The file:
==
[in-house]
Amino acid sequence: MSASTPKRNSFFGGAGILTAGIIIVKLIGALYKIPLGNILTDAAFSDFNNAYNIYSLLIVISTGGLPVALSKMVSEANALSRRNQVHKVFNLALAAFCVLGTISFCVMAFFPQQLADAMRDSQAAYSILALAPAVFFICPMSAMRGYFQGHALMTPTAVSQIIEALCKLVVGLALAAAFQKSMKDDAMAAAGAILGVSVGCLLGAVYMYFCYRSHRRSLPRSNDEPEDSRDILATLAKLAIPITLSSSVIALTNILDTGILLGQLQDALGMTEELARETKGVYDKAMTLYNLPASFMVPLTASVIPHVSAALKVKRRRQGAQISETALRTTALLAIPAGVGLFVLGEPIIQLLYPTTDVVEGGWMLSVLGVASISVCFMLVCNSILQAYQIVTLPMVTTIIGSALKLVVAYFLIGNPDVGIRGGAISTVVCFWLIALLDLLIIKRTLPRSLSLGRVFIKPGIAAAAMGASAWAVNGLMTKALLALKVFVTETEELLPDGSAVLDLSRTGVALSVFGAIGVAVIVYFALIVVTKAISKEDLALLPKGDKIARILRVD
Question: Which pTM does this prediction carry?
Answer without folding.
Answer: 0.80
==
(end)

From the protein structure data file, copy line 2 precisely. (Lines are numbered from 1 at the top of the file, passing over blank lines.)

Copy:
Amino acid sequence: MSASTPKRNSFFGGAGILTAGIIIVKLIGALYKIPLGNILTDAAFSDFNNAYNIYSLLIVISTGGLPVALSKMVSEANALSRRNQVHKVFNLALAAFCVLGTISFCVMAFFPQQLADAMRDSQAAYSILALAPAVFFICPMSAMRGYFQGHALMTPTAVSQIIEALCKLVVGLALAAAFQKSMKDDAMAAAGAILGVSVGCLLGAVYMYFCYRSHRRSLPRSNDEPEDSRDILATLAKLAIPITLSSSVIALTNILDTGILLGQLQDALGMTEELARETKGVYDKAMTLYNLPASFMVPLTASVIPHVSAALKVKRRRQGAQISETALRTTALLAIPAGVGLFVLGEPIIQLLYPTTDVVEGGWMLSVLGVASISVCFMLVCNSILQAYQIVTLPMVTTIIGSALKLVVAYFLIGNPDVGIRGGAISTVVCFWLIALLDLLIIKRTLPRSLSLGRVFIKPGIAAAAMGASAWAVNGLMTKALLALKVFVTETEELLPDGSAVLDLSRTGVALSVFGAIGVAVIVYFALIVVTKAISKEDLALLPKGDKIARILRVD